How does Boston's urbanism compare?

stick n move

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I do kind of agree that Boston is actually overrated as far as street life. I constantly hear how walkable it is and how it has such a major stock of brownstones/townhouses and I always think this is such a tourist perspective. People who think this clearly only stayed in the back bay newbury/boylston area and never ventured out to Dorchester Roxbury etc.

Dorchester is the largest neighborhood in Boston so its actually a much bigger representative of how avg Bostonians live than these touristy areas. Millions of crappy triple deckers is what my Boston experience is, wayyyy more than quaint brick townhouses. I wish the grid and architecture of the south end had carried on throughout the outer neighborhoods but they just didnt. The majority of Boston is actually separate non connected wood buildings on a suburban layout in what is a pretty poor urban experience.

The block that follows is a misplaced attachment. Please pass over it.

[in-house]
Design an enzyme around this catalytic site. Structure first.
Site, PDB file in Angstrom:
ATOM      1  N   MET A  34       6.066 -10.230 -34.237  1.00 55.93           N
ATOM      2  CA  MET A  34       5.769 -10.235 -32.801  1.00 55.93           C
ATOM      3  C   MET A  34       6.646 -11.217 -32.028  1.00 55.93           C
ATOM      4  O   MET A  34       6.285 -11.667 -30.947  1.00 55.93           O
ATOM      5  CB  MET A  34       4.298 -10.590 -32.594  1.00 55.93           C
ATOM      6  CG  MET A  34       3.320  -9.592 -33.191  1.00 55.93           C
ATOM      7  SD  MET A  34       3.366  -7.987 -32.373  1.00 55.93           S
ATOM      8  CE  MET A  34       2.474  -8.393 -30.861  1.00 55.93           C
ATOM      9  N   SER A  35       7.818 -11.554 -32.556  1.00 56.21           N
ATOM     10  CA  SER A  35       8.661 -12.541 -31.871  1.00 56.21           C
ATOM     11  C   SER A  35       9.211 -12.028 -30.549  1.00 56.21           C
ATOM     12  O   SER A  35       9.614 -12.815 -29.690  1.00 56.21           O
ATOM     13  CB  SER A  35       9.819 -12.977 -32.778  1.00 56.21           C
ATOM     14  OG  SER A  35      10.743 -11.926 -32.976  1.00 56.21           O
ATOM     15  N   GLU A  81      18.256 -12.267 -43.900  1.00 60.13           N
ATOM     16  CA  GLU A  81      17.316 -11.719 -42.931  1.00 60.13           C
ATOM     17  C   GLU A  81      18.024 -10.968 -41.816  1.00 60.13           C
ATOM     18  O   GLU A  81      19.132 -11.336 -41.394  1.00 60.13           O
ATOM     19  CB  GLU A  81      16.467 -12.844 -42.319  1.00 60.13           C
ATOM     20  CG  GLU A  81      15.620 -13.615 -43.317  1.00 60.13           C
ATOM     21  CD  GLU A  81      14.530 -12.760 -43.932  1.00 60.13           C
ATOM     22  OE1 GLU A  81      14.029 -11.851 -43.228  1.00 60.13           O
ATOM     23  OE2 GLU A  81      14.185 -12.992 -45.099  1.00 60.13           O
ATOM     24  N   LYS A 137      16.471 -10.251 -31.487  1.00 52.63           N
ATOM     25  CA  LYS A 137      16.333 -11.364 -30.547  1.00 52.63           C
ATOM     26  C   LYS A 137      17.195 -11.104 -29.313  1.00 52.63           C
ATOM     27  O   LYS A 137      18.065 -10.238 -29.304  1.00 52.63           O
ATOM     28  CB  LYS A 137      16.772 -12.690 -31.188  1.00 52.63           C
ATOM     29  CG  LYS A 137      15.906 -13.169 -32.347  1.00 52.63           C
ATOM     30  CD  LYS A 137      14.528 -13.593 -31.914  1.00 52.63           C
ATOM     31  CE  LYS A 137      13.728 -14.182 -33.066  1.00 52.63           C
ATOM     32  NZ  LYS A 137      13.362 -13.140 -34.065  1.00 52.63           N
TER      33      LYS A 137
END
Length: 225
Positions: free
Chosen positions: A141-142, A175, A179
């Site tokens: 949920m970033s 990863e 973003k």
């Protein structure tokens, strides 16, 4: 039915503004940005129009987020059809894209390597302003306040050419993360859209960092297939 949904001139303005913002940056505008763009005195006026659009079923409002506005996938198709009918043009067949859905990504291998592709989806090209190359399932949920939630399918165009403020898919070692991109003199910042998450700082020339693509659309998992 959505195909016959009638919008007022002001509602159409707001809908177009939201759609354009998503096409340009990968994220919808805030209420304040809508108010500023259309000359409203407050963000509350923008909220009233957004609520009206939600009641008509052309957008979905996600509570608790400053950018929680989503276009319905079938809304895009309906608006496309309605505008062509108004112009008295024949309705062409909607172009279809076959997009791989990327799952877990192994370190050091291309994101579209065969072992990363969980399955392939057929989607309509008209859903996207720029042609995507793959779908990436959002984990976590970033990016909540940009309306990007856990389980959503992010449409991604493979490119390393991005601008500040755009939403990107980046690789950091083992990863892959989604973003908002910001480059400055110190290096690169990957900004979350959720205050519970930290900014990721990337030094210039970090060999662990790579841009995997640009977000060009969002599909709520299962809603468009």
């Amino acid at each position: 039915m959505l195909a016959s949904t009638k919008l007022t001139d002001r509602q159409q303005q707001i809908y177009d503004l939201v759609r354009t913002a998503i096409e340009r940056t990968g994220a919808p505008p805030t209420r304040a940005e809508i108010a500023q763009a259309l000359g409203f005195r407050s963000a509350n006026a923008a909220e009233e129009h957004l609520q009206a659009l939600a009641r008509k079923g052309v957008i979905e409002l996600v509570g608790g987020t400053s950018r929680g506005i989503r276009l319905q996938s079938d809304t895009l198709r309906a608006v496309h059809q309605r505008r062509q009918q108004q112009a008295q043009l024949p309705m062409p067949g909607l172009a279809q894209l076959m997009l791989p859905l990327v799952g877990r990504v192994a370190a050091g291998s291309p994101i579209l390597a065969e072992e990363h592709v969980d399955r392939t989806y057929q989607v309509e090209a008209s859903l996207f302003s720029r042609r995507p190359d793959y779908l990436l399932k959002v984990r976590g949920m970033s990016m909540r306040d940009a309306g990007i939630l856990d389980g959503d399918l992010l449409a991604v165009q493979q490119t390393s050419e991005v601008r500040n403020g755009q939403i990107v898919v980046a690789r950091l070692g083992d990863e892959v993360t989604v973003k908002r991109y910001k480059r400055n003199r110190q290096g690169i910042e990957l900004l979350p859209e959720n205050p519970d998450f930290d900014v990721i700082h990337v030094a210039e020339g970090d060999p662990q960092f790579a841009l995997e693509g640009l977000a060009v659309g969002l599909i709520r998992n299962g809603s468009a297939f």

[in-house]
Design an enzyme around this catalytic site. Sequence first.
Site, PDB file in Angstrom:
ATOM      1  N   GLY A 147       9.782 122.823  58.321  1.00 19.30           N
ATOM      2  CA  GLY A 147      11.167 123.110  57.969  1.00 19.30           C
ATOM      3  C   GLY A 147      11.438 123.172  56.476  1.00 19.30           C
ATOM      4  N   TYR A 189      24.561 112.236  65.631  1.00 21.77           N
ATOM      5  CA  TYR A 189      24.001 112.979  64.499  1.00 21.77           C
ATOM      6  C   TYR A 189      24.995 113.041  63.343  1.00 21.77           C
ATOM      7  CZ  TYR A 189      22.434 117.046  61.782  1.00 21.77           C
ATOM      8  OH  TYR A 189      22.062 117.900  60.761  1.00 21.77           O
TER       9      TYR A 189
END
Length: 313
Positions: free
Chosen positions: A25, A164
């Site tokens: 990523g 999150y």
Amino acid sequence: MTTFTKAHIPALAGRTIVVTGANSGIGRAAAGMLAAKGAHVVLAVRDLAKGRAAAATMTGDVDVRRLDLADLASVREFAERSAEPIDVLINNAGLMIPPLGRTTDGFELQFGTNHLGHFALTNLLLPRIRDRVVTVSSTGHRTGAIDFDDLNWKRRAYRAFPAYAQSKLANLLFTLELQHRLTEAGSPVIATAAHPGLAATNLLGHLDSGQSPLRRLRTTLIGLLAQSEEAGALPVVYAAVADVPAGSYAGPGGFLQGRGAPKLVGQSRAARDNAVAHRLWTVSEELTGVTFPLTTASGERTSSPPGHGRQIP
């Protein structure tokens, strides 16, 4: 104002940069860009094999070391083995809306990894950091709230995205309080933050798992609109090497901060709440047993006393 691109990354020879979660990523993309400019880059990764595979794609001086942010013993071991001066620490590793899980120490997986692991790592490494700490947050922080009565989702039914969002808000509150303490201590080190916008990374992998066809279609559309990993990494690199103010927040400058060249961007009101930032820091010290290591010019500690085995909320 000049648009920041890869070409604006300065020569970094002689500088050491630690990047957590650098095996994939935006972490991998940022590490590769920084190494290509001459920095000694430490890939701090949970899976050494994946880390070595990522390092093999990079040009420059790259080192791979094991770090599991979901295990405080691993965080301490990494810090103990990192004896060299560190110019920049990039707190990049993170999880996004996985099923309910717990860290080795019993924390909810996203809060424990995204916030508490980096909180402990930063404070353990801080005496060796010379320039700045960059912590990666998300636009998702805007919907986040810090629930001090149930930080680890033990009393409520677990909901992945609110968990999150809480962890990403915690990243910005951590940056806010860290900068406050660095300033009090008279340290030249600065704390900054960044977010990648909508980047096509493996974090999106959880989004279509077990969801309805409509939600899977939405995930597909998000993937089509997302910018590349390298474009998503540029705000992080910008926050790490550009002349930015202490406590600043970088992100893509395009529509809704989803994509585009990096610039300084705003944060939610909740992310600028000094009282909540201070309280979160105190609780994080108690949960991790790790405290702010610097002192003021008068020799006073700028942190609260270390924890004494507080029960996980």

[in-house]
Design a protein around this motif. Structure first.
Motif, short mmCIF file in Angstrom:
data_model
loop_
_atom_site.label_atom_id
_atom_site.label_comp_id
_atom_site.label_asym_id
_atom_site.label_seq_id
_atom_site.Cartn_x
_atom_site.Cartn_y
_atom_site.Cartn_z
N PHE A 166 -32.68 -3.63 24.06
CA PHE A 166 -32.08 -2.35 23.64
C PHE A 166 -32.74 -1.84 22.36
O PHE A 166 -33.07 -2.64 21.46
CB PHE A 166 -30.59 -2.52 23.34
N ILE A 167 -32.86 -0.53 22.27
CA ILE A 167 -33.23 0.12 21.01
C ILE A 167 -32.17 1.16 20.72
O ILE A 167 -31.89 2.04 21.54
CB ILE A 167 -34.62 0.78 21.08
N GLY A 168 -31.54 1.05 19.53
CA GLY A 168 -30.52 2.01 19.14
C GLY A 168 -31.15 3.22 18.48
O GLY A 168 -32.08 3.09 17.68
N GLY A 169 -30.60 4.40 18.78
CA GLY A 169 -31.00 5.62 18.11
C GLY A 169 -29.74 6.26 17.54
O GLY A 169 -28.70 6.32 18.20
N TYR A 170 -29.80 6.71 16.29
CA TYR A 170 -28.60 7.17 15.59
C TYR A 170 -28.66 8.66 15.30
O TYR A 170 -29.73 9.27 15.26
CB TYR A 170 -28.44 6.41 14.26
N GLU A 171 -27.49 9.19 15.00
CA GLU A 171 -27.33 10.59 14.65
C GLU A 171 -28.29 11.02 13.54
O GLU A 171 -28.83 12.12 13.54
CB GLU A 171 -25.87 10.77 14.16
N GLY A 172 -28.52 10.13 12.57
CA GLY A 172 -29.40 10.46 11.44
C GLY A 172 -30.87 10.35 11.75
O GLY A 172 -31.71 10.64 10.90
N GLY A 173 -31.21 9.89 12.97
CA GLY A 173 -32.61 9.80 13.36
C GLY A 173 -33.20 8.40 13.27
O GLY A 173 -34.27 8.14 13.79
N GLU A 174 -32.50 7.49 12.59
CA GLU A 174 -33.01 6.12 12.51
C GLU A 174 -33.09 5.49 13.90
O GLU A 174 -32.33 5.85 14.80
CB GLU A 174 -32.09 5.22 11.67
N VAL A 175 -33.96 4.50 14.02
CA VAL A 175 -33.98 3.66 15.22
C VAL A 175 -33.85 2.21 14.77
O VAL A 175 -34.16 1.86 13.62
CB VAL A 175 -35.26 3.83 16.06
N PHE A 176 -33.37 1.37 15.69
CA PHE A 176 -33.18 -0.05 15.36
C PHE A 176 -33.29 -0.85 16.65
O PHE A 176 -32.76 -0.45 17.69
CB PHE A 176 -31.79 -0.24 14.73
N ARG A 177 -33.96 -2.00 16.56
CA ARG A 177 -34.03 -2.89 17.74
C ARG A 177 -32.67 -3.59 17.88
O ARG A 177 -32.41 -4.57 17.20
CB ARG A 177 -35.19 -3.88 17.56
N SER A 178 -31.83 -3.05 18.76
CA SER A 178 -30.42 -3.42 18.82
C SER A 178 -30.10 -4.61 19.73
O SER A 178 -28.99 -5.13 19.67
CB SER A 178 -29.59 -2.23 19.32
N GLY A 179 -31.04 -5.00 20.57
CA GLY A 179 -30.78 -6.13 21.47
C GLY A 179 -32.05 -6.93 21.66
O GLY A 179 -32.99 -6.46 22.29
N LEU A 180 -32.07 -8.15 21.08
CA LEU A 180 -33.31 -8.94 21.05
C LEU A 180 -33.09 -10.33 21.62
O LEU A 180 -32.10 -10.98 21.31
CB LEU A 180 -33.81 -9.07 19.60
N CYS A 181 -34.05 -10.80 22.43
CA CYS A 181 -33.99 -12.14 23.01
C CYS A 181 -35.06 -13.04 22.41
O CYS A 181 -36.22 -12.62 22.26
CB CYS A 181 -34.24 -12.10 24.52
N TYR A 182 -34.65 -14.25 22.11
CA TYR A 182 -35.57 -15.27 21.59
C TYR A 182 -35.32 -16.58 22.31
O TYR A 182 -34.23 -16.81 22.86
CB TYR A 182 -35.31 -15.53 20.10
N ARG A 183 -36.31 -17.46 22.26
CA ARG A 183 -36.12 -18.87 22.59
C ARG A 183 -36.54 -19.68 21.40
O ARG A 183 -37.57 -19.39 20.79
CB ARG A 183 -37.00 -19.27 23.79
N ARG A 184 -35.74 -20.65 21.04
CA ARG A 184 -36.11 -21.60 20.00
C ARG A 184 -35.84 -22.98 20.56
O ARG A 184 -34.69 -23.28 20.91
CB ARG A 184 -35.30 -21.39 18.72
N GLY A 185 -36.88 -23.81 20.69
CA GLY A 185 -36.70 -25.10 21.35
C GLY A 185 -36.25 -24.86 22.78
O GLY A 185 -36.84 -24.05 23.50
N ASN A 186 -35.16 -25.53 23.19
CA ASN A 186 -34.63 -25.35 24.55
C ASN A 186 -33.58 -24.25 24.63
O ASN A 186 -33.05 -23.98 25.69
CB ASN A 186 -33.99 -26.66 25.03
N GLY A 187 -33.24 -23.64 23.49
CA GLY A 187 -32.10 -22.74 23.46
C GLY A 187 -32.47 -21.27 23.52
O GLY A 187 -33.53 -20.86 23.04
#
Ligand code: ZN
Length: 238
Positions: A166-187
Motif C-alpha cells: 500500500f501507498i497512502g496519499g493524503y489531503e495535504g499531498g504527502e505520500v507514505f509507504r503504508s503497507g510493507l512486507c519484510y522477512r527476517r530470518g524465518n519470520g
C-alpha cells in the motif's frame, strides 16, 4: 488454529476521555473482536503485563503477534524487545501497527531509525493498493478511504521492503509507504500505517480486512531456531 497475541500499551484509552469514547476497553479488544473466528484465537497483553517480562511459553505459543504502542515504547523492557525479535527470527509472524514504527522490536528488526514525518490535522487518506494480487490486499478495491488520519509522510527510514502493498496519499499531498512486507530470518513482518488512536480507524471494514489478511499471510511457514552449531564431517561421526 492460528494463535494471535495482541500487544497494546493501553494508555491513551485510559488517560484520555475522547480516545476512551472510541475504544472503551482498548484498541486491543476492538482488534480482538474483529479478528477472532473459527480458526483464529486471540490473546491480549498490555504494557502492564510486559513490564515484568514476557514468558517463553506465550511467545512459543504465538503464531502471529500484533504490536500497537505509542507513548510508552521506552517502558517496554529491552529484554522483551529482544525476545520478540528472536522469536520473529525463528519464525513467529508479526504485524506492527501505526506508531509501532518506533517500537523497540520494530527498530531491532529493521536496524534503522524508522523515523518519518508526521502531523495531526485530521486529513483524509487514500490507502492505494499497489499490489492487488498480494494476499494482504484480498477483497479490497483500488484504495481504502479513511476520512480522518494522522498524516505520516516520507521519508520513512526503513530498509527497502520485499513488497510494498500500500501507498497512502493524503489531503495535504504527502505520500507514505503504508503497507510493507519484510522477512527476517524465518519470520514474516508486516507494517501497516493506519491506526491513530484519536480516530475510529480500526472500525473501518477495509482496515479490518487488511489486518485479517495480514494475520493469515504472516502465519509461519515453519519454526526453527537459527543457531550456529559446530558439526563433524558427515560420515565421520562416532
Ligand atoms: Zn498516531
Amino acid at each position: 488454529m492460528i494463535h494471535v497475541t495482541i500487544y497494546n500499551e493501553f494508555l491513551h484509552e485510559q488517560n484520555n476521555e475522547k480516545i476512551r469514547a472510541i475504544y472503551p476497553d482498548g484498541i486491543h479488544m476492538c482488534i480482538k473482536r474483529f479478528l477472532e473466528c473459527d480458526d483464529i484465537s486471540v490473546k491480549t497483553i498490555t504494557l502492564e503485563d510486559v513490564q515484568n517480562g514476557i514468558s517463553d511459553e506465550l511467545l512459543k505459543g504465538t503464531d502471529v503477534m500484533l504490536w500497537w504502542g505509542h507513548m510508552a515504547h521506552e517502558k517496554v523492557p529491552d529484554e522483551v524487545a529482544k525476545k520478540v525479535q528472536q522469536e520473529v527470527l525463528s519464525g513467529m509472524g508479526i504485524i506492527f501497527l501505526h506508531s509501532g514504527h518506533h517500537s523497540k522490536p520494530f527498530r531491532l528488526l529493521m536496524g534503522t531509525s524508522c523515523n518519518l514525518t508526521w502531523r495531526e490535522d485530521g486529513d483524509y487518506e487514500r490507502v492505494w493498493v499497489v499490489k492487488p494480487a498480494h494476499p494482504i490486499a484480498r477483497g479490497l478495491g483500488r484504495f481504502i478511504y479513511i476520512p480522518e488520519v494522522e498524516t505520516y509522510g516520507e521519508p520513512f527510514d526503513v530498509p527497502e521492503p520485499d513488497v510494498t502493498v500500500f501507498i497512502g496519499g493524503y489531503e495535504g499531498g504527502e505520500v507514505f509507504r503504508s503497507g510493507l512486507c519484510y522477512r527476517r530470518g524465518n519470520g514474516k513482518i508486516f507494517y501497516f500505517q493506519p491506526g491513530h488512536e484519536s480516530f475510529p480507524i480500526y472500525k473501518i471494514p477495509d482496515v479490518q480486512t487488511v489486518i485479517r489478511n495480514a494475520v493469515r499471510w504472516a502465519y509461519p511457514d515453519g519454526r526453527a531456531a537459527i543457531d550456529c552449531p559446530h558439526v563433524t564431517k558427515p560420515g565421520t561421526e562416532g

HenryAlan

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I can't agree with that at all.. The 'excitement' for a few of on this website is the Skyline impact. The excitement for actual HUMANOIDS would be at the living human sidewalk level. Real cities don't look like post-Neutron bomb events.

That "dreary street" NEEDED a life injection. Hell, it is right around the corner from where all the tourists jump aboard the Duckboats - - - what a crap sandwich to serve out of towners. That will go nowhere for Boston's reputation.

A real city is about human life - - Boston needs street level windows and corner diners, pubs, etc...........